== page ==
I think it’s time for an update on the situation in Tibet:
Tibetans have been clamoring for the freedom to express themselves – culturally, religiously, and of course freedom of speech and press – and we’ve seen tragedy strike again and again. 62 Tibetans have now self-immolated. 62. As I’ve expressed in my previous posts, I agree with the Central Tibetan Administration and H.H. the Dalai Lama on this – these individuals are desperate, and they are committing the ultimate sacrifice because they feel the world will not listen.
Remember, the Chinese invaded Tibet in 1949. Tibetans have done everything they could, first appealing to the UN, fighting back against the incoming PLA troops, and then peaceful protests, for decades. They simply have never had the resources that the PLA has always had at their disposal (to give you an indication: when China invaded Tibet, the entire plateau only had three radios. Also consider than when the PLA first marched into Lhasa, they arrived with over 20,000 troops – all of whom had horses and empty stomachs – the fragile agricultural balance and carefully maintained surplus that Tibetans had kept going for four centuries was depleted and destroyed in roughly a few months. Mao may have called himself a Communist, but the poor farmers and working class suffered first).
Today, people are suffering from poverty, imprisonment, police brutality, the destruction of their culture, and a general lack of freedom (take, for instance, the 19-yr-old monk arrested yesterday for having a cell phone).
As you may know, we saw 7 self-immolations in 7 days last week – the highest frequency yet. Supporters of the Tibetan people have demanded change in its wake. However, there is finally some good news. The world is listening.
I want to take a moment, since there are so many new people finding out about Restored Voice Project, to talk about this project’s scope and mission.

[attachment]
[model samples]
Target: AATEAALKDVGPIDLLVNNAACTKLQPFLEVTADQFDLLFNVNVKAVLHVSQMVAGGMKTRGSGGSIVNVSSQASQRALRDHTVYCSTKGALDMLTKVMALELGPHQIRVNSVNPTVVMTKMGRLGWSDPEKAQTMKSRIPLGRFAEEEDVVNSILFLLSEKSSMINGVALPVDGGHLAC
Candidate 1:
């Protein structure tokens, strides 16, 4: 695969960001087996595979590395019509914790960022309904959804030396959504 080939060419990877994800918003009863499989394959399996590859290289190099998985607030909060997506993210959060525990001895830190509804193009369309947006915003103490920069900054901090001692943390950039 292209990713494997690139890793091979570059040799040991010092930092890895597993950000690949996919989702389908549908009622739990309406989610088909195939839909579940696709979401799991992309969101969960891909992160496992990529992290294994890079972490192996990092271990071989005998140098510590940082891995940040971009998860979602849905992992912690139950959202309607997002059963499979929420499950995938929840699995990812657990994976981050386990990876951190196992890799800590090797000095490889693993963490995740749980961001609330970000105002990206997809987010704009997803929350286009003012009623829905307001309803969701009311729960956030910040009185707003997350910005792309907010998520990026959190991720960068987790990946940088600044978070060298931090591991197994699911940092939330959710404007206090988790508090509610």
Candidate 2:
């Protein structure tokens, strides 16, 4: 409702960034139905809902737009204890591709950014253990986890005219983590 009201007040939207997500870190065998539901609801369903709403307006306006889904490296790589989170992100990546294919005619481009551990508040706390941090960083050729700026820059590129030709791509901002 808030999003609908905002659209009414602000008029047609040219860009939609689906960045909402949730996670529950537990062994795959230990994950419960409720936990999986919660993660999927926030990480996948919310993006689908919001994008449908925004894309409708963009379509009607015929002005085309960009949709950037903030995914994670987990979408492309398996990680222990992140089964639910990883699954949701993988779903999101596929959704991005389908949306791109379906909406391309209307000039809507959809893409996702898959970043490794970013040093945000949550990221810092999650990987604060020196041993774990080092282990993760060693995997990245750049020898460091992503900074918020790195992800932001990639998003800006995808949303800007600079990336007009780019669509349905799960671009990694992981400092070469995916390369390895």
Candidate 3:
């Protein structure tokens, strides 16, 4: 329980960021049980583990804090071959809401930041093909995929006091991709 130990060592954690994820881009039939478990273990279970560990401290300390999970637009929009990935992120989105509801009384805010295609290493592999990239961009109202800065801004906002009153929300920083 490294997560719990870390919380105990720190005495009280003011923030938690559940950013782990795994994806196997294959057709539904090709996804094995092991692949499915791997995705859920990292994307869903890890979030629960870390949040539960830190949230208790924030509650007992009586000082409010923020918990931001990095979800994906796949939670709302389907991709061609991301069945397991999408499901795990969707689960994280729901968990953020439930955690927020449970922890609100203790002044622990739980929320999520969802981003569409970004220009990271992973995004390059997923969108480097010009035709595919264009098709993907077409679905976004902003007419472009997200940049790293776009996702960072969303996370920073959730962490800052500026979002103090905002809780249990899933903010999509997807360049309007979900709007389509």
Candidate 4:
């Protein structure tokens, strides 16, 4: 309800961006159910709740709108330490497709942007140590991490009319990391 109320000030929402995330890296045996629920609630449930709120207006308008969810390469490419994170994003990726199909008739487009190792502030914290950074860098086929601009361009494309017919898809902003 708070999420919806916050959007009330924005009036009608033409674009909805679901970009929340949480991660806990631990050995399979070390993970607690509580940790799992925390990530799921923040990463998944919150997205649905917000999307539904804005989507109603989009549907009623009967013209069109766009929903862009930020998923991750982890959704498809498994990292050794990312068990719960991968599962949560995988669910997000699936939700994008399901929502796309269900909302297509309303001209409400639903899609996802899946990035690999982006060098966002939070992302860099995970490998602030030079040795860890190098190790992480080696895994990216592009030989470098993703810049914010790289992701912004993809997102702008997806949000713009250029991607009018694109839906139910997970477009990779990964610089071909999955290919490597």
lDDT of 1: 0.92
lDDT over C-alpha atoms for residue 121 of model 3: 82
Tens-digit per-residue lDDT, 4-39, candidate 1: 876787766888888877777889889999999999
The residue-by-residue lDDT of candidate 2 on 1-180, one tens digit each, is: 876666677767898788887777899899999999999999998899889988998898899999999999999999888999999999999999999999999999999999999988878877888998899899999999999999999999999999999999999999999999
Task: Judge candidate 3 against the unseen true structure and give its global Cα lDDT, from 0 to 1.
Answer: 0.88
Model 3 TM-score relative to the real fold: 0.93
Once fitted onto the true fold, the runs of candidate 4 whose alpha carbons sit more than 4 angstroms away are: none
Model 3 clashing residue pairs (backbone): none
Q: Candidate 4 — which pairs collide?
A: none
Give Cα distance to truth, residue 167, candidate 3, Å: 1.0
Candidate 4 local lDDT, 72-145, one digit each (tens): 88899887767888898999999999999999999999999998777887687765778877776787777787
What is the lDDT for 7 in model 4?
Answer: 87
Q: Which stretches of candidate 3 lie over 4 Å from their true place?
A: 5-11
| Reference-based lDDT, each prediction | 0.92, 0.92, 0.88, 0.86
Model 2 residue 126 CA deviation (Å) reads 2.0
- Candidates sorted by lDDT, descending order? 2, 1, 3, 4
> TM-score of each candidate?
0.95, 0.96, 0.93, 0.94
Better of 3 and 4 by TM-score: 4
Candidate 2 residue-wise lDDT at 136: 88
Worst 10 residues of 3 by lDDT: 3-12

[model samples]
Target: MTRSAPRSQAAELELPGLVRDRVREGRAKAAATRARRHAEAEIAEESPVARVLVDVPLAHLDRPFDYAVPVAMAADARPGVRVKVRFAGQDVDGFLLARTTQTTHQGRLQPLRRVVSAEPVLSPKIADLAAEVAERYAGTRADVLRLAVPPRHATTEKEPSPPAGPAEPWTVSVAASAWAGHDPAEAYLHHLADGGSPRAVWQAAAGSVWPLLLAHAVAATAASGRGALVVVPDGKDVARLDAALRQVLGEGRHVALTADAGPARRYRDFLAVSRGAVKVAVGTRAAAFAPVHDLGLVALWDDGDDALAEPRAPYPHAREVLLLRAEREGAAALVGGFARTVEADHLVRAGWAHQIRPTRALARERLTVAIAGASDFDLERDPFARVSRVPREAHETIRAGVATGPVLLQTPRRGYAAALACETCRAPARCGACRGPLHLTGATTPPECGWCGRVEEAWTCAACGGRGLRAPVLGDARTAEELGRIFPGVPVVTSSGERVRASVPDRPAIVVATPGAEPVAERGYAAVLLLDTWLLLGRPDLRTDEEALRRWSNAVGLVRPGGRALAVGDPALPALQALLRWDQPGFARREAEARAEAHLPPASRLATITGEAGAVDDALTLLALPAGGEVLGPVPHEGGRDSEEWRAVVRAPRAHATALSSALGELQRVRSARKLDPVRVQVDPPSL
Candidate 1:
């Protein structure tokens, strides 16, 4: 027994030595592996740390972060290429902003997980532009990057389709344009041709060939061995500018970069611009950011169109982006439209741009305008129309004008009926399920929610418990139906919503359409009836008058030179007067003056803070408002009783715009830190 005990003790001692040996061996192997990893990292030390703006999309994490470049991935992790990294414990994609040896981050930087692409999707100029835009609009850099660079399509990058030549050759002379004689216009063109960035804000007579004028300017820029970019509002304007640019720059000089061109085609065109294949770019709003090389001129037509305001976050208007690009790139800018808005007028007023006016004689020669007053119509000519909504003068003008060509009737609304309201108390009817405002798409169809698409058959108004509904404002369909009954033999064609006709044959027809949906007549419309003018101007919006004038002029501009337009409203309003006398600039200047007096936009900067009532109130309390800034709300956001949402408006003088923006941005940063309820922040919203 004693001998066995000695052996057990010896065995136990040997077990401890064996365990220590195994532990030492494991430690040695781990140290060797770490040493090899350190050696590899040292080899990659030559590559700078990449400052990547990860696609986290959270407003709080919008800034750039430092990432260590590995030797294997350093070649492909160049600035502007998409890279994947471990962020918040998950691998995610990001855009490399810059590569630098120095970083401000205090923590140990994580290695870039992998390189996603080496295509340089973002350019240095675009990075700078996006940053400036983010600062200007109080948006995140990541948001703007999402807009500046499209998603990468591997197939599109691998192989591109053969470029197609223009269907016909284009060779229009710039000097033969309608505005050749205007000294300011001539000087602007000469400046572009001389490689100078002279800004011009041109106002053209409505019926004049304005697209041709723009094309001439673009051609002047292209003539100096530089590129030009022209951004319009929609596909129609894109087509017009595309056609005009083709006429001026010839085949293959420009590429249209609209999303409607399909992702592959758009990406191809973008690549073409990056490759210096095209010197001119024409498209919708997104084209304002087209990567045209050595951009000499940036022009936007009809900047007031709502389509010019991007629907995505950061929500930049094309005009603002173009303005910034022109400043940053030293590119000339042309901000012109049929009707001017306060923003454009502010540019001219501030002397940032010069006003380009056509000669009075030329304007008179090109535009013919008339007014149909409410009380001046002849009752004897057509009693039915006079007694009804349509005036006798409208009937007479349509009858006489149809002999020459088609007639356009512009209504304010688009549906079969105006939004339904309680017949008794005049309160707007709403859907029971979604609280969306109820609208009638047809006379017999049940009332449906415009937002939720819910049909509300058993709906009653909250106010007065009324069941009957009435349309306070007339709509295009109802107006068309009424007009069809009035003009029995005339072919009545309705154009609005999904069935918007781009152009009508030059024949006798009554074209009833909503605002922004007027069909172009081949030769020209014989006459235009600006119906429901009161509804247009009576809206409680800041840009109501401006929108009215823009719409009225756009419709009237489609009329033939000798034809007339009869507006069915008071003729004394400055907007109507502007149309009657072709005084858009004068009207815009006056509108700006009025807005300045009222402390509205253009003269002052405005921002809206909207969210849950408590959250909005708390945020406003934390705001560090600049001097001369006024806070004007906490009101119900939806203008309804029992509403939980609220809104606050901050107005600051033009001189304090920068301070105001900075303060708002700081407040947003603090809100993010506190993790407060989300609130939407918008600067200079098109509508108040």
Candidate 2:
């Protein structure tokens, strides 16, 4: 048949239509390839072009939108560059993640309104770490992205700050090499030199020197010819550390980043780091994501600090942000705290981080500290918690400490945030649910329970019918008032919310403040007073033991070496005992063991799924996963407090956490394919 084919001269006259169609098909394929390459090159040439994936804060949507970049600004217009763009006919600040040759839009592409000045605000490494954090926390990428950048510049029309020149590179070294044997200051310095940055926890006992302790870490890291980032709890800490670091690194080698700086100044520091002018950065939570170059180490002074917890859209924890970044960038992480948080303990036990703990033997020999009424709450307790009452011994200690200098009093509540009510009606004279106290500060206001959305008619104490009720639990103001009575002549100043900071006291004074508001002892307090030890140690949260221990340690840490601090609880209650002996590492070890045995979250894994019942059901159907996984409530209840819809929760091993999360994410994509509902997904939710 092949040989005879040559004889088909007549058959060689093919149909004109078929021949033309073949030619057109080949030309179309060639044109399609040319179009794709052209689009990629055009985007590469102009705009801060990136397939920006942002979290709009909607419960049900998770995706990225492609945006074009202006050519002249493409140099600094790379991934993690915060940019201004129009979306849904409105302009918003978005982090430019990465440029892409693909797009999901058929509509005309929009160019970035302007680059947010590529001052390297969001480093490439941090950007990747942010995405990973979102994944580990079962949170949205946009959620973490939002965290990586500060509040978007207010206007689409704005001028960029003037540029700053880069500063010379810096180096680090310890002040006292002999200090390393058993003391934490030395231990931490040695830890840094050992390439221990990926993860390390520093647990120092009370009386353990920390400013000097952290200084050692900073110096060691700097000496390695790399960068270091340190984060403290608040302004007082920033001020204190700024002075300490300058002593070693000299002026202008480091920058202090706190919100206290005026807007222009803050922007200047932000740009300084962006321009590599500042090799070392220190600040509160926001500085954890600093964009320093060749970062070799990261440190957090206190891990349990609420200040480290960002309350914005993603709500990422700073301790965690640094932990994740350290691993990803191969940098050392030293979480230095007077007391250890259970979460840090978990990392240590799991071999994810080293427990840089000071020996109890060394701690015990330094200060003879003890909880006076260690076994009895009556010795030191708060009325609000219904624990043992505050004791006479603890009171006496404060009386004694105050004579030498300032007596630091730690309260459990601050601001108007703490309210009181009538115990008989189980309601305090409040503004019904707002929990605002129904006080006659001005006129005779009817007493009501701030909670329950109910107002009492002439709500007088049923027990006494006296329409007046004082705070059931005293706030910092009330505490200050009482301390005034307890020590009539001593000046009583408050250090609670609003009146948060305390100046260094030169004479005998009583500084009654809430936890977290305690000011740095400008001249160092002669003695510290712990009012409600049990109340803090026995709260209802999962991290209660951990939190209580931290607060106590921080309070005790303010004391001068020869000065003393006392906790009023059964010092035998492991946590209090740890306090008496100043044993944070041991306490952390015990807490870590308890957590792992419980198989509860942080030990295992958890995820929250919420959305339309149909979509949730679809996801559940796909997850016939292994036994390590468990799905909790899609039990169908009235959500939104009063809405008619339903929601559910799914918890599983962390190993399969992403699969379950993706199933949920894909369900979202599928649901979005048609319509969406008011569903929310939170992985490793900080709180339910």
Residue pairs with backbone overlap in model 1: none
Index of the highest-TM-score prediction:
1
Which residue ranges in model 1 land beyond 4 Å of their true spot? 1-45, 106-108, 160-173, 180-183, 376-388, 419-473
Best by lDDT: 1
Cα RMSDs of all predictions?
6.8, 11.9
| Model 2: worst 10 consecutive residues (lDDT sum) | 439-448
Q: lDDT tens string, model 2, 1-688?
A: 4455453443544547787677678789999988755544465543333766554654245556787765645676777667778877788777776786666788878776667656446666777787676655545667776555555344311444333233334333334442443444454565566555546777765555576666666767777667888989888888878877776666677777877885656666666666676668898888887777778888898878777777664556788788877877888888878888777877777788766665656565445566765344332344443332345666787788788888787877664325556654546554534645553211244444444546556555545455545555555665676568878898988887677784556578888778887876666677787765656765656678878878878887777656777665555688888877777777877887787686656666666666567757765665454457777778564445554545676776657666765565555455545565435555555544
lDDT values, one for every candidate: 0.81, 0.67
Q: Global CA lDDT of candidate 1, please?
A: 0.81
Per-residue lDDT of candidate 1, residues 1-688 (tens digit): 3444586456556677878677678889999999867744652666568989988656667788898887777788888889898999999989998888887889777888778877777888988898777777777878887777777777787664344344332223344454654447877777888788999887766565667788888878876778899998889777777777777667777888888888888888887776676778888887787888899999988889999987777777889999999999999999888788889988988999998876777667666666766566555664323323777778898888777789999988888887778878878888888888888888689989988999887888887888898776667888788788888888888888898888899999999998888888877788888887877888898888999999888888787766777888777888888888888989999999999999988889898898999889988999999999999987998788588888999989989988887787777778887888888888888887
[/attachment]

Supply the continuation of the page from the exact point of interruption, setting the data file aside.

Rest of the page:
Restored Voice Project seeks to empower these women, who have been silenced by the Chinese authorities (and whose kindred and kin are still being silenced), by giving them a chance to finally share their perspectives. What’s happening in Tibet is happening to Tibetans, and yet the story we hear is moderated by the Han Chinese. It’s a Tibetan story told by non-Tibetans, in our mainstream media.
Often, in reading the nuns’ TNP bios, I encountered a familiar sentiment at the end of their abbreviated life story:
“The West needs to remember what is going on in Tibet…”
“I want to learn English so that I can tell the world about Tibet…”
“I am going to be a teacher, so that I can go back to Tibet and teach in my village, where there was no school… I will keep fighting peacefully for Tibet to be free….”
“I am going to learn English because the world cannot forget about what is happening in Tibet…”(*)
Now, decades since the Chinese invaded, we still haven’t heard from these women, and most of us don’t even know they exist. Why not?
…Emphasis on “young.” Both of them were under twenty.
This I read on the International Tibet Network‘s Facebook page:
“Lobsang Kalsang, 18, a monk at Kirti Monastery and Damchoe, 17, a former monk at the monastery self-immolated on 27 August 2012 outside Kirti monastery, Ngaba Town. According to eye witnesses, they took about 20 steps near the east gate of the monastery, shouting slogans and then fell. Chinese security personnel put out the flames and took them to local hospital initially and later to Barkham hospital. Sources said that they both died.”
Since news and media is heavily monitored by Chinese officials, there is still some uncertainty whether these two young people did indeed pass. There is also a case a monk and his niece, a nun, who may or may not have immolated. It seems most Tibetans believe they did indeed self-immolate in protest.
Here is a list of the Tibetans who have recently risked, or lost, their lives for Tibet in this fiery form of protest: http://standupfortibet.org/learn-more/